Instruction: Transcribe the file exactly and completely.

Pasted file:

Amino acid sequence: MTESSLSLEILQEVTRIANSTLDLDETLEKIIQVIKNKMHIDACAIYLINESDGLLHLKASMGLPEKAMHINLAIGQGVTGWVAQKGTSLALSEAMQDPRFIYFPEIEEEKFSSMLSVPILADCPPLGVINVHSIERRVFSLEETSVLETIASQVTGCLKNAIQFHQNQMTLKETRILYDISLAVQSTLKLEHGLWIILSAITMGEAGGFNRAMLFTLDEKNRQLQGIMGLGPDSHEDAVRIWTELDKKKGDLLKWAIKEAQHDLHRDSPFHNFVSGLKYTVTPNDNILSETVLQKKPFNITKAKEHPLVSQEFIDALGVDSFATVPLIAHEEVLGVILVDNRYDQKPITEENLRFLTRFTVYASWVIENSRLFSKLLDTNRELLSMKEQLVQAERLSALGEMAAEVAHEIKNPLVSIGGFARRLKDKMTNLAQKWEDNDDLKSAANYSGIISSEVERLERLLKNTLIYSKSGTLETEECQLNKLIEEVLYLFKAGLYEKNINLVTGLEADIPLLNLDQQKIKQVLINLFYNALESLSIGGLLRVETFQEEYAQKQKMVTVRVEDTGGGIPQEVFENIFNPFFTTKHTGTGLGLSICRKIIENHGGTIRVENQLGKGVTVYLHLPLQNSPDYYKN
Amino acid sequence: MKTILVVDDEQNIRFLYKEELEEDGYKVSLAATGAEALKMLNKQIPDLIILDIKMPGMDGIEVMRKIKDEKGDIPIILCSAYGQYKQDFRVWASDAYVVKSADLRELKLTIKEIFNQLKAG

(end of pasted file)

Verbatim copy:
Amino acid sequence: MTESSLSLEILQEVTRIANSTLDLDETLEKIIQVIKNKMHIDACAIYLINESDGLLHLKASMGLPEKAMHINLAIGQGVTGWVAQKGTSLALSEAMQDPRFIYFPEIEEEKFSSMLSVPILADCPPLGVINVHSIERRVFSLEETSVLETIASQVTGCLKNAIQFHQNQMTLKETRILYDISLAVQSTLKLEHGLWIILSAITMGEAGGFNRAMLFTLDEKNRQLQGIMGLGPDSHEDAVRIWTELDKKKGDLLKWAIKEAQHDLHRDSPFHNFVSGLKYTVTPNDNILSETVLQKKPFNITKAKEHPLVSQEFIDALGVDSFATVPLIAHEEVLGVILVDNRYDQKPITEENLRFLTRFTVYASWVIENSRLFSKLLDTNRELLSMKEQLVQAERLSALGEMAAEVAHEIKNPLVSIGGFARRLKDKMTNLAQKWEDNDDLKSAANYSGIISSEVERLERLLKNTLIYSKSGTLETEECQLNKLIEEVLYLFKAGLYEKNINLVTGLEADIPLLNLDQQKIKQVLINLFYNALESLSIGGLLRVETFQEEYAQKQKMVTVRVEDTGGGIPQEVFENIFNPFFTTKHTGTGLGLSICRKIIENHGGTIRVENQLGKGVTVYLHLPLQNSPDYYKN
Amino acid sequence: MKTILVVDDEQNIRFLYKEELEEDGYKVSLAATGAEALKMLNKQIPDLIILDIKMPGMDGIEVMRKIKDEKGDIPIILCSAYGQYKQDFRVWASDAYVVKSADLRELKLTIKEIFNQLKAG